Game Design, Programming and running a one-man games business…

Identifying profitable ads

I have a problem. It’s the same problem most people selling stuff have. I cannot be sure that my adverts actually work. I can be *pretty* sure they do, but I really would benefit from some hard statistical data. Using technical means to track visitors and sales with cookies has failed me. I tried the google ecommerce tracking stuff, but frankly it was chaos.

One method, used in the newspaper industry, is to use coupons. You print a 10% off coupon on the advert, and then every customer who uses the coupon must have seen the ad (directly or indirectly). This could work, but of course it relies on people actually using the coupon. Because game demos are generally tried, and people play them for hours, if not days, the chances are people forget all about the coupon when buying. I suspect this method is as leaky as any other.

I could mitigate that by removing the game demo link entirely.  This is something I have never done, and am not keen on, but it would be possible.

Another method could involve having a special version of the demo which writes a file to disk. When the full game is first run, it could check for that file, and if found, report to my server that an ad-driven sale took place. Ideally, the demo installer would have the ad-click referer embedded in it somewhere, but at this point things start to get uber-involved.

I’m very interested to know other peoples experiences and tricks. How do you know whether an ad campaign, or a website review or link, or other traffic source is actually generating sales?

8 thoughts on Identifying profitable ads

  1. Put the coupon into the demo, by dynamically adding config files depending on download referer?

  2. You could also add the coupon to the Demo in the form of an exit nag screen (without much nag – and more a friendly reminder). If people click on the link within the demo you could have it so that a ticket is sent to yourself every time someone uses that link and successfully makes a purchase… Just one way of doing it… you could probably do this through remote ads as well however it would require more work.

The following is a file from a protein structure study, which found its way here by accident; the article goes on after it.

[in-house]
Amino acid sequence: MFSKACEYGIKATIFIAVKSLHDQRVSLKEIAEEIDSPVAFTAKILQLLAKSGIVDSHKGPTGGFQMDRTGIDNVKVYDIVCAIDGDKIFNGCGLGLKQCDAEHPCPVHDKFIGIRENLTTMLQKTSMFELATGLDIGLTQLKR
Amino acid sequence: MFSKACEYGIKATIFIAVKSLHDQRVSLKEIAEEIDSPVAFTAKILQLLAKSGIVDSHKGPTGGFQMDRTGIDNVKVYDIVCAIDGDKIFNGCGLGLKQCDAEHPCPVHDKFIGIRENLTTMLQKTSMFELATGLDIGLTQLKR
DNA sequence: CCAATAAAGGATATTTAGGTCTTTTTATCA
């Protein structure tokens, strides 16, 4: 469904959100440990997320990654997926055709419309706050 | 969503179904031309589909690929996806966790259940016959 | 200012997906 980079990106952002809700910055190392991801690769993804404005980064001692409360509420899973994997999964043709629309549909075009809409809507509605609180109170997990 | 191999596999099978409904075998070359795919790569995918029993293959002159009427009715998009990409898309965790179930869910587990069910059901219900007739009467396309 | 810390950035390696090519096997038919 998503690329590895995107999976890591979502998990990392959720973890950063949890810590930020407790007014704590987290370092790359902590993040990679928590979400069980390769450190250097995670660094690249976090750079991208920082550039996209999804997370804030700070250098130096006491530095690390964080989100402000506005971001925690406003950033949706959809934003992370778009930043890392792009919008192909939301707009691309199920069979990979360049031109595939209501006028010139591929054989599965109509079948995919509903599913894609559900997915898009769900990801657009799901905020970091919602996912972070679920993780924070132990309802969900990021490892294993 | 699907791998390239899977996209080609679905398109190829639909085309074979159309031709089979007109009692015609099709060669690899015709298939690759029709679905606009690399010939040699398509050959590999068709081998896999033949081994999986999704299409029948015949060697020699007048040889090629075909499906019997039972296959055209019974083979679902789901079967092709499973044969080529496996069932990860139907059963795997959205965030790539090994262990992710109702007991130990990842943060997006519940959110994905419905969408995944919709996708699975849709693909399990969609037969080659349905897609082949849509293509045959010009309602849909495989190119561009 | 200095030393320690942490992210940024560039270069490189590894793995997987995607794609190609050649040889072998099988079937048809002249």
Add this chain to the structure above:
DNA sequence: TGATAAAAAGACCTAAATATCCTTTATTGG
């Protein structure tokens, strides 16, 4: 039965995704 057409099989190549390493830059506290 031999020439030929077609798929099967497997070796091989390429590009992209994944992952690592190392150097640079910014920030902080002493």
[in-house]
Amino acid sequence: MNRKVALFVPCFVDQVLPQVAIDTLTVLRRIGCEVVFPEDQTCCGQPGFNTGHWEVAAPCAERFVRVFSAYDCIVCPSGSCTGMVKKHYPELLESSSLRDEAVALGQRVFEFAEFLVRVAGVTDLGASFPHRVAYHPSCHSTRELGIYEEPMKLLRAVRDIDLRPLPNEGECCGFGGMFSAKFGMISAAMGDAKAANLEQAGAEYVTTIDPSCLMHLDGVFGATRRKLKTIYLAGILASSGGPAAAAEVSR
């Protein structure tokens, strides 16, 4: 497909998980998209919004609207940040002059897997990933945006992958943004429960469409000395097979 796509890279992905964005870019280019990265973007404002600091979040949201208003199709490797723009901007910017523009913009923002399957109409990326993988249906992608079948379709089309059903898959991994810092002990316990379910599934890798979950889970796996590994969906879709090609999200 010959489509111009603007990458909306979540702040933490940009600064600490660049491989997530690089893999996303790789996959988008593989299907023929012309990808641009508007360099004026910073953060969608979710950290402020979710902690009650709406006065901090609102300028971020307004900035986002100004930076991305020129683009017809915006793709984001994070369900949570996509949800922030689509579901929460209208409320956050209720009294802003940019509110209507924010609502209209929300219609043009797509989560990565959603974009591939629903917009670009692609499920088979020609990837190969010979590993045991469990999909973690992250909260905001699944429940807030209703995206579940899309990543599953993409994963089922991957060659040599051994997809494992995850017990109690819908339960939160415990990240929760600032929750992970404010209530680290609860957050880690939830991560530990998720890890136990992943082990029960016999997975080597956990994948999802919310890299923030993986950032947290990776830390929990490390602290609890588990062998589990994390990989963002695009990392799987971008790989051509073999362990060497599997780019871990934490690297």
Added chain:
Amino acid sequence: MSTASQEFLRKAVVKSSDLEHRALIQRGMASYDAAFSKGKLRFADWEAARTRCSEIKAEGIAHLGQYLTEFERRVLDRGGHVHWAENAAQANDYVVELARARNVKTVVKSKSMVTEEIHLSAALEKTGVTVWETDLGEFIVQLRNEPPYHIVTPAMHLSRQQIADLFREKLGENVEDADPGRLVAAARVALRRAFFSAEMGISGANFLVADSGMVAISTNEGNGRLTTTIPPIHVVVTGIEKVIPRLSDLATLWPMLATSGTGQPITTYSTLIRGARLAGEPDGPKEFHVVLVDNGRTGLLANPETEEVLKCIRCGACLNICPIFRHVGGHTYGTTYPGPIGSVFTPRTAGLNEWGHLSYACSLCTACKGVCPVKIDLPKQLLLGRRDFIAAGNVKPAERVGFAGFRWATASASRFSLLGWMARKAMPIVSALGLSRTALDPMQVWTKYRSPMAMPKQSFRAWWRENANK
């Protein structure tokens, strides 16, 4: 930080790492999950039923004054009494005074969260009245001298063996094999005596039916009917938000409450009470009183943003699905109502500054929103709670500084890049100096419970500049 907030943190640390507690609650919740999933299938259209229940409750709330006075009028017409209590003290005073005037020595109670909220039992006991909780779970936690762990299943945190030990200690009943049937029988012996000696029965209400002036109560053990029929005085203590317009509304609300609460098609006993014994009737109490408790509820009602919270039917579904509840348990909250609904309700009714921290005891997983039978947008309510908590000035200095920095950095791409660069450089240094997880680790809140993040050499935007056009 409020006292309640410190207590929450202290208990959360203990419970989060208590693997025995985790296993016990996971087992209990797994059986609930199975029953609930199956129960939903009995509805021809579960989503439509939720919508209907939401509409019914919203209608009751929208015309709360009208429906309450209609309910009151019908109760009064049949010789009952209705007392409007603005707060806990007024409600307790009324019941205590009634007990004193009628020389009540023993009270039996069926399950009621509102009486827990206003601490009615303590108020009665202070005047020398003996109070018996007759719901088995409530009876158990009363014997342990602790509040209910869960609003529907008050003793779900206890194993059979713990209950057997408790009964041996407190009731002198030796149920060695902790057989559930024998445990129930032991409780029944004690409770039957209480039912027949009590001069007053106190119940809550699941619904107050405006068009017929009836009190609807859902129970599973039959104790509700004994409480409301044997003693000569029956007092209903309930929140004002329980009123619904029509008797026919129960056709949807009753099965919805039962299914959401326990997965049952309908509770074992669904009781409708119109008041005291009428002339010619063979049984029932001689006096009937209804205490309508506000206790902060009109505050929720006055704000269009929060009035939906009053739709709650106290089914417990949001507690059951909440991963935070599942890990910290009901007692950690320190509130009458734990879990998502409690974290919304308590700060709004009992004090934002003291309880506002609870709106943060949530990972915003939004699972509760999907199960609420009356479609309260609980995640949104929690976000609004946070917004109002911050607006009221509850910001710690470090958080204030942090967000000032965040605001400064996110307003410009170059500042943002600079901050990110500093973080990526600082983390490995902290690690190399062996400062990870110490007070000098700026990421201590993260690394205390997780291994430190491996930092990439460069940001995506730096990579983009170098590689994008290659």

3. It sounds like you’re using eCommerce tracking in Google Analytics to track sales. It’s easier to track sales with conversion tracking in the AdWords interface. Have you tried this? If you get this implemented you’ll know exactly which keywords are driving sales and at what cost.

  4. The conversions stuff will lose it’s tracking ability if you go from one domain to another, and that happens when people buy my games, because they go to BMTMicro’s website.

  5. I wouldn’t use coupons. Before customers buy, many of them go searching for coupons. I’d stay away from coupons.

    You could pass a referrer ID to BMTMicro. Don’t they offer tracking?

  6. I spent ages trying to get the ecommerce tracking working with BMT and never got anywhere. Googles tech supprot were clueless, like they just walked in off the street. It’ so crap, I’m sure it could all eb fixed in an hour by someone with access to BMTs site, my site and googles analytics mess.

  7. A game copying tracking files on my computer is something I object to as a consumer. I can understand the appeal of such schemes for a game producer, but especially for a product aimed for a rather geeky audience wouldn’t go for it.

  8. Use conversion tracking, and after purchasing process has finished on your ecommerce partner site, redirect to a thank-you site on your domain, with the tracking thing embedded.

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